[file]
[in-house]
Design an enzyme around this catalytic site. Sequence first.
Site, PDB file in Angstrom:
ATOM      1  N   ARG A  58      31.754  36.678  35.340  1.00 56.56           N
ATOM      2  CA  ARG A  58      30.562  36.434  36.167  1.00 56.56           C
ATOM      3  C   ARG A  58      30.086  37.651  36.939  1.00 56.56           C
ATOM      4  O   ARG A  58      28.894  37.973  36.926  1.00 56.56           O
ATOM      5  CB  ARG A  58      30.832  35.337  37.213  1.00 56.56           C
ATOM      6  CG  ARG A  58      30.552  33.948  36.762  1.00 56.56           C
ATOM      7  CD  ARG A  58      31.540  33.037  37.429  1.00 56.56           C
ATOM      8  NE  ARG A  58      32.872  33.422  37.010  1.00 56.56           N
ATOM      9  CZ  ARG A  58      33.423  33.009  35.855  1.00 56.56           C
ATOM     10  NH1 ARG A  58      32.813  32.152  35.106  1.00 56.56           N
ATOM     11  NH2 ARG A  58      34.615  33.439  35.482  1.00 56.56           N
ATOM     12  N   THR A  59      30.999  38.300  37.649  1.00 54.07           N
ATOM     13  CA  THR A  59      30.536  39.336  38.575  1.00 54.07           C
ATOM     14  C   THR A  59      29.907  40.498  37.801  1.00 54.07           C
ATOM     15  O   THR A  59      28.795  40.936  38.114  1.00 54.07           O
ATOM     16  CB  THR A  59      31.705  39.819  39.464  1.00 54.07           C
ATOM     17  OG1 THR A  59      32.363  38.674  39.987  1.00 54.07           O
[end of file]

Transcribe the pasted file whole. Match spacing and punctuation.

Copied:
[in-house]
Design an enzyme around this catalytic site. Sequence first.
Site, PDB file in Angstrom:
ATOM      1  N   ARG A  58      31.754  36.678  35.340  1.00 56.56           N
ATOM      2  CA  ARG A  58      30.562  36.434  36.167  1.00 56.56           C
ATOM      3  C   ARG A  58      30.086  37.651  36.939  1.00 56.56           C
ATOM      4  O   ARG A  58      28.894  37.973  36.926  1.00 56.56           O
ATOM      5  CB  ARG A  58      30.832  35.337  37.213  1.00 56.56           C
ATOM      6  CG  ARG A  58      30.552  33.948  36.762  1.00 56.56           C
ATOM      7  CD  ARG A  58      31.540  33.037  37.429  1.00 56.56           C
ATOM      8  NE  ARG A  58      32.872  33.422  37.010  1.00 56.56           N
ATOM      9  CZ  ARG A  58      33.423  33.009  35.855  1.00 56.56           C
ATOM     10  NH1 ARG A  58      32.813  32.152  35.106  1.00 56.56           N
ATOM     11  NH2 ARG A  58      34.615  33.439  35.482  1.00 56.56           N
ATOM     12  N   THR A  59      30.999  38.300  37.649  1.00 54.07           N
ATOM     13  CA  THR A  59      30.536  39.336  38.575  1.00 54.07           C
ATOM     14  C   THR A  59      29.907  40.498  37.801  1.00 54.07           C
ATOM     15  O   THR A  59      28.795  40.936  38.114  1.00 54.07           O
ATOM     16  CB  THR A  59      31.705  39.819  39.464  1.00 54.07           C
ATOM     17  OG1 THR A  59      32.363  38.674  39.987  1.00 54.07           O